i so don’t want O to ever feel ashamed of her multi-race background. it’s taken me a really long time to be proud of where i’m from, who i am, and how i was raised. i want O to be proud from the get-go. i want her to be confident in where she is from, be proud of her chinese half. her caucasian half. be proud of someday, speaking two languages and understanding the nuances of both cultures and traditions.

this is my hope. i pray that she falls in love with the differences – in a way i couldn’t. i pray that when she’s hurt she trusts in the one and believes that she is beautiful just the way she is.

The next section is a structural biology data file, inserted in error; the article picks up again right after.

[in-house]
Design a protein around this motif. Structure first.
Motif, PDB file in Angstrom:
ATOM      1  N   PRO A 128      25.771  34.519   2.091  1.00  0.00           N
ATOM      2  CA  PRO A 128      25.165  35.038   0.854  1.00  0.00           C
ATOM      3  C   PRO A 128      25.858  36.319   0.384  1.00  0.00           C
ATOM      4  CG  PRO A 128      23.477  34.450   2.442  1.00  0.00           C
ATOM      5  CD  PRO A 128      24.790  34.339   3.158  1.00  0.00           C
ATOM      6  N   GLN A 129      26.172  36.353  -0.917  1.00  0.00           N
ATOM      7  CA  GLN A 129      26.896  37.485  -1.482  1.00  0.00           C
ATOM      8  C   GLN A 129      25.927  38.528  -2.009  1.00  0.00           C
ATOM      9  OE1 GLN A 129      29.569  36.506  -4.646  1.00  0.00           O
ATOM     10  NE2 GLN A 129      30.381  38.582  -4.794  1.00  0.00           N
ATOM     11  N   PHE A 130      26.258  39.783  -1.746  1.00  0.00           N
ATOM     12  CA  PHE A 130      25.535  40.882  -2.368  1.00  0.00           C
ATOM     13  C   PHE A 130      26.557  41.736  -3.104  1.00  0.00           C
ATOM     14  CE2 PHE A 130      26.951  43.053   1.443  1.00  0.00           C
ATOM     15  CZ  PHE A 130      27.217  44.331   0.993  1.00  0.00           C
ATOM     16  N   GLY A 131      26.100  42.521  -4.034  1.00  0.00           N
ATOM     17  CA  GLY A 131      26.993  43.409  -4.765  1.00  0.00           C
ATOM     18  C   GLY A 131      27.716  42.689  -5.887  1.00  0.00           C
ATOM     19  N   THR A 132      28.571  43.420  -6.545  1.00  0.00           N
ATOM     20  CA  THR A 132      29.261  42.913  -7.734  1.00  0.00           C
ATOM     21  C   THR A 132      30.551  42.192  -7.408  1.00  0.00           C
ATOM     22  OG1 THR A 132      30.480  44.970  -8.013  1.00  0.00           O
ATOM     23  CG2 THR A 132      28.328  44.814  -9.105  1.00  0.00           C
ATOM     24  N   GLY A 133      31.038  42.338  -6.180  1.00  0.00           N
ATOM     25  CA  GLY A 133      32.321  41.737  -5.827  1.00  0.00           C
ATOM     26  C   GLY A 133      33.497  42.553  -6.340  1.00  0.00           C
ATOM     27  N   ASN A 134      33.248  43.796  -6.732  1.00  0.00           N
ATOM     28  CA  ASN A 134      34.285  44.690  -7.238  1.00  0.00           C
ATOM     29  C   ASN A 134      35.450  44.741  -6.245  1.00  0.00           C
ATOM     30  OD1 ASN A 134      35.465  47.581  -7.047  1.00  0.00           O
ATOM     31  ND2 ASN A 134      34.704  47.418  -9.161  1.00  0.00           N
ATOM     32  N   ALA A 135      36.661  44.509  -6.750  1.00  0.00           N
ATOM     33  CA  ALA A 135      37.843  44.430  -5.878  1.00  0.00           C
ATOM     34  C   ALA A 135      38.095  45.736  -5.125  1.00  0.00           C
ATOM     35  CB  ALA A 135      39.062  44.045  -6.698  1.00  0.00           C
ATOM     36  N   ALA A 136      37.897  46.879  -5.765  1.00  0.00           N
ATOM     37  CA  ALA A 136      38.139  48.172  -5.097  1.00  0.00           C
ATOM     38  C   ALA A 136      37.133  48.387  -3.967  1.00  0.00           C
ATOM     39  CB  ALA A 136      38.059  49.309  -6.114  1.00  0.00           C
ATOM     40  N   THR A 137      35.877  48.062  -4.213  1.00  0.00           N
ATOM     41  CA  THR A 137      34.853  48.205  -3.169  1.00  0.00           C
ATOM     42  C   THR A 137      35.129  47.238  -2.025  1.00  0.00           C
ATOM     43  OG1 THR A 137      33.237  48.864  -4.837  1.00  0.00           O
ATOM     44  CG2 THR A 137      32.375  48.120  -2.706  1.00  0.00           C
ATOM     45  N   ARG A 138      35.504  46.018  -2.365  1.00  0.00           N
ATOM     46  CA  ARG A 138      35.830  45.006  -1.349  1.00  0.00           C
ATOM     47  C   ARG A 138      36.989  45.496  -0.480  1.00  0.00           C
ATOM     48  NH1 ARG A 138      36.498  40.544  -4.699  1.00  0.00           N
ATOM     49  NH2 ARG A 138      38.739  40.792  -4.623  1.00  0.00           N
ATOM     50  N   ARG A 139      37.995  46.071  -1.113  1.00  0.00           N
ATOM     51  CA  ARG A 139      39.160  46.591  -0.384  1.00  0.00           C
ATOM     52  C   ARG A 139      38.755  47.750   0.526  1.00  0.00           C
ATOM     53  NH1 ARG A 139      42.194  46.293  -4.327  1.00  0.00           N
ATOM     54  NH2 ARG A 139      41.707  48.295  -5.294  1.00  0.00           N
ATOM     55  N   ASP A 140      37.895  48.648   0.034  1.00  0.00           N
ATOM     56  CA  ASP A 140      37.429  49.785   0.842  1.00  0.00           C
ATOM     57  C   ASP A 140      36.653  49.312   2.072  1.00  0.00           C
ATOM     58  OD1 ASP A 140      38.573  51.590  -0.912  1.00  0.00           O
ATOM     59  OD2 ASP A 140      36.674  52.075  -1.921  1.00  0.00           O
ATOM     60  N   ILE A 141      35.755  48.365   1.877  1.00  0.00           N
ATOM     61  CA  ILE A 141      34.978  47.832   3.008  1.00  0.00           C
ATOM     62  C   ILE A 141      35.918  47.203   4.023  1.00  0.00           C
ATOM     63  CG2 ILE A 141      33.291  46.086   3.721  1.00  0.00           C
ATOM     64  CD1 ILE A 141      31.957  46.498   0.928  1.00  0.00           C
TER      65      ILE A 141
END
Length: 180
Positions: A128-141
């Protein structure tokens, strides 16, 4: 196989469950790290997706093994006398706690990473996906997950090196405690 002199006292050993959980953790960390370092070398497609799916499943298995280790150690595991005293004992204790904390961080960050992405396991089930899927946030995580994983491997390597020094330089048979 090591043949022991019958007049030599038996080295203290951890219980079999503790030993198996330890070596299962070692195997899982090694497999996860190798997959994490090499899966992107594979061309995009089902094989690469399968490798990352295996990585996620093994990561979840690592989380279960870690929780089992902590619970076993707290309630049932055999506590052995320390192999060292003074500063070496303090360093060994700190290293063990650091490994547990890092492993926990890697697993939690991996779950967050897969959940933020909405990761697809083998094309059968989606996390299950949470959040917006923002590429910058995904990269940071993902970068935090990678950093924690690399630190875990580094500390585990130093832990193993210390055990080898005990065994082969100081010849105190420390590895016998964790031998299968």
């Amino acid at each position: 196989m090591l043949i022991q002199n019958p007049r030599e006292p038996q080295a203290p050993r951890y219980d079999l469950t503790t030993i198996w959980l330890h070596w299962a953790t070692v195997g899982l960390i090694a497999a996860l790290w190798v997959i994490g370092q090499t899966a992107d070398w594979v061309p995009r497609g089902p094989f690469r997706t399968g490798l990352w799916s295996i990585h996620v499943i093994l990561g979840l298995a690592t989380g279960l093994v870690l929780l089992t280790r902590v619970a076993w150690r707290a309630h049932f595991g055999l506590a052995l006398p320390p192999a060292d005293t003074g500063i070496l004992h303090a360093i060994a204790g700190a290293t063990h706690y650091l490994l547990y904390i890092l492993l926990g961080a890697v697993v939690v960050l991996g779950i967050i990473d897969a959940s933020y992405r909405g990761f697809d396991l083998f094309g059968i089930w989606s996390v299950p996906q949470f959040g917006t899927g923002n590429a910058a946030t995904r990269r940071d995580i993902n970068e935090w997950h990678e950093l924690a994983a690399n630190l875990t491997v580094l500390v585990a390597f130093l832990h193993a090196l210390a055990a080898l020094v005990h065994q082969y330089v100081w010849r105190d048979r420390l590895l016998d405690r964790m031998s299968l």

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7 thoughts on “she must be the nanny

  1. It’s obviously your youthful hot bod. 😉 Thanks for sharing this; it definitely resonates. I share your same hopes for my kids. I distinctly remember my dad always telling how beautiful I was. Even if I didn’t feel it at times, I believe it anchored me in my difference from the ideal beauty most admired in this world. No doubt your and S’s words, gestures, love and beliefs will anchor her too. She truly is beautiful.

    • ha! Leslie. yes, it’s my super youthful hot bod. it’s good and sad to hear that i’m not on my own here. loved that what you said about your dad anchoring you – gives me hope that all the things say to O will anchor her someday. 🙂